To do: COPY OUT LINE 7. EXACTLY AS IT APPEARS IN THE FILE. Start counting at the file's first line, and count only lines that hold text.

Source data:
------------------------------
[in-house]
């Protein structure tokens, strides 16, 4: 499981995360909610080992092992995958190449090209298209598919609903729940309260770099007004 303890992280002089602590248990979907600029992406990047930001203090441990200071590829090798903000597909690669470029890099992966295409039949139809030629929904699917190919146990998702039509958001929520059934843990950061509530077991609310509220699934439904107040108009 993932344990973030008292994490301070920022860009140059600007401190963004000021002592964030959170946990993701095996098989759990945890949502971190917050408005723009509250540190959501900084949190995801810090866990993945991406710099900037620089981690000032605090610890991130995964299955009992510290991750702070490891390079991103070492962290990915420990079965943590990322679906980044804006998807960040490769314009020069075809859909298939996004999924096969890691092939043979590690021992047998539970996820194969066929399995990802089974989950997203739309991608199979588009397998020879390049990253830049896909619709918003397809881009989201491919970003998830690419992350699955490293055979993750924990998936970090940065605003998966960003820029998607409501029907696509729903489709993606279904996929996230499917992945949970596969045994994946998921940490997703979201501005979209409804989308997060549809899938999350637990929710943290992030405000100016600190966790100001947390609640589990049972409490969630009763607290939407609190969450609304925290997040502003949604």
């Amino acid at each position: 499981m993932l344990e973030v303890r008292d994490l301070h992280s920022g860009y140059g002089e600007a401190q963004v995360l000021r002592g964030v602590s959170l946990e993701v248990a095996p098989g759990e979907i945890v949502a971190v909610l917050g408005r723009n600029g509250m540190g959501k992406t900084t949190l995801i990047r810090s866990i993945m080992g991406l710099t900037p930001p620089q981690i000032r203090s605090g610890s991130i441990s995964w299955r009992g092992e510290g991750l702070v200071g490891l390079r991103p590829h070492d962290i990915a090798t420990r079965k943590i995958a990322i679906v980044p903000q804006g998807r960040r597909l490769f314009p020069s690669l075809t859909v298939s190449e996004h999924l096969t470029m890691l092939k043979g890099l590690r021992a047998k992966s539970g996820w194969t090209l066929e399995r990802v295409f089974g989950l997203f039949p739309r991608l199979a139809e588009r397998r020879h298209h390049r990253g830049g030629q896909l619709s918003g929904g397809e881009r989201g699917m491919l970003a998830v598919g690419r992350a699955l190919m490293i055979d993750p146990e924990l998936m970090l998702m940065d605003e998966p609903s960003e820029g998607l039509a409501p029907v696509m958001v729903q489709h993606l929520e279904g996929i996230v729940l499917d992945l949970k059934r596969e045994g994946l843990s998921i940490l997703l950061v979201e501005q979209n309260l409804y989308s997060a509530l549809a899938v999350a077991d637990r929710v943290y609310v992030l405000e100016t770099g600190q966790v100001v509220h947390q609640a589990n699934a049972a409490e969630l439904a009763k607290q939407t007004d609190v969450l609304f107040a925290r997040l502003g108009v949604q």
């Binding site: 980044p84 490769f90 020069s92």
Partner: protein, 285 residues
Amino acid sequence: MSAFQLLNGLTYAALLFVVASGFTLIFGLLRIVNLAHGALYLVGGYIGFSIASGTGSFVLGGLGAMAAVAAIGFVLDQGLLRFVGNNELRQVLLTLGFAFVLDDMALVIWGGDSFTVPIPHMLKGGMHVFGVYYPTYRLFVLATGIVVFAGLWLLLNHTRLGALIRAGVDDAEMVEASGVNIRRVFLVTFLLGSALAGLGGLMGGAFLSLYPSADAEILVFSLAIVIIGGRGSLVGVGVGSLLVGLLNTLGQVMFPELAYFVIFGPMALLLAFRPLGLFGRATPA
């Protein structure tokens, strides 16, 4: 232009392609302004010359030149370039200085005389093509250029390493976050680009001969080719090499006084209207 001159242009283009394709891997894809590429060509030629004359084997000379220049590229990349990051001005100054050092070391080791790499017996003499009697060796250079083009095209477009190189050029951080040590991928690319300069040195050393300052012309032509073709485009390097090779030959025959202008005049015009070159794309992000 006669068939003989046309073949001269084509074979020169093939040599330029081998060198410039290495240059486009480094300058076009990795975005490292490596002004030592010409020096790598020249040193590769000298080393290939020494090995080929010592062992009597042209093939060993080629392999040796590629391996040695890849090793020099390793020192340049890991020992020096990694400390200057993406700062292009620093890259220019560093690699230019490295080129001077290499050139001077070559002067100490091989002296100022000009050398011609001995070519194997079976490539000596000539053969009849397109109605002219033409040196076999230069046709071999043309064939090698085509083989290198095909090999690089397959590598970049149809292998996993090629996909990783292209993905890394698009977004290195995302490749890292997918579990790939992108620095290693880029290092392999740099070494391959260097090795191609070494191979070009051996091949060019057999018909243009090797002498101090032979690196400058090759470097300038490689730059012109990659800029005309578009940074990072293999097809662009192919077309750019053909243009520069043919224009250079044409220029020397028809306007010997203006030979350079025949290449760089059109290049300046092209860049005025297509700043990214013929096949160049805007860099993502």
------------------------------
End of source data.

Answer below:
């Protein structure tokens, strides 16, 4: 232009392609302004010359030149370039200085005389093509250029390493976050680009001969080719090499006084209207 001159242009283009394709891997894809590429060509030629004359084997000379220049590229990349990051001005100054050092070391080791790499017996003499009697060796250079083009095209477009190189050029951080040590991928690319300069040195050393300052012309032509073709485009390097090779030959025959202008005049015009070159794309992000 006669068939003989046309073949001269084509074979020169093939040599330029081998060198410039290495240059486009480094300058076009990795975005490292490596002004030592010409020096790598020249040193590769000298080393290939020494090995080929010592062992009597042209093939060993080629392999040796590629391996040695890849090793020099390793020192340049890991020992020096990694400390200057993406700062292009620093890259220019560093690699230019490295080129001077290499050139001077070559002067100490091989002296100022000009050398011609001995070519194997079976490539000596000539053969009849397109109605002219033409040196076999230069046709071999043309064939090698085509083989290198095909090999690089397959590598970049149809292998996993090629996909990783292209993905890394698009977004290195995302490749890292997918579990790939992108620095290693880029290092392999740099070494391959260097090795191609070494191979070009051996091949060019057999018909243009090797002498101090032979690196400058090759470097300038490689730059012109990659800029005309578009940074990072293999097809662009192919077309750019053909243009520069043919224009250079044409220029020397028809306007010997203006030979350079025949290449760089059109290049300046092209860049005025297509700043990214013929096949160049805007860099993502």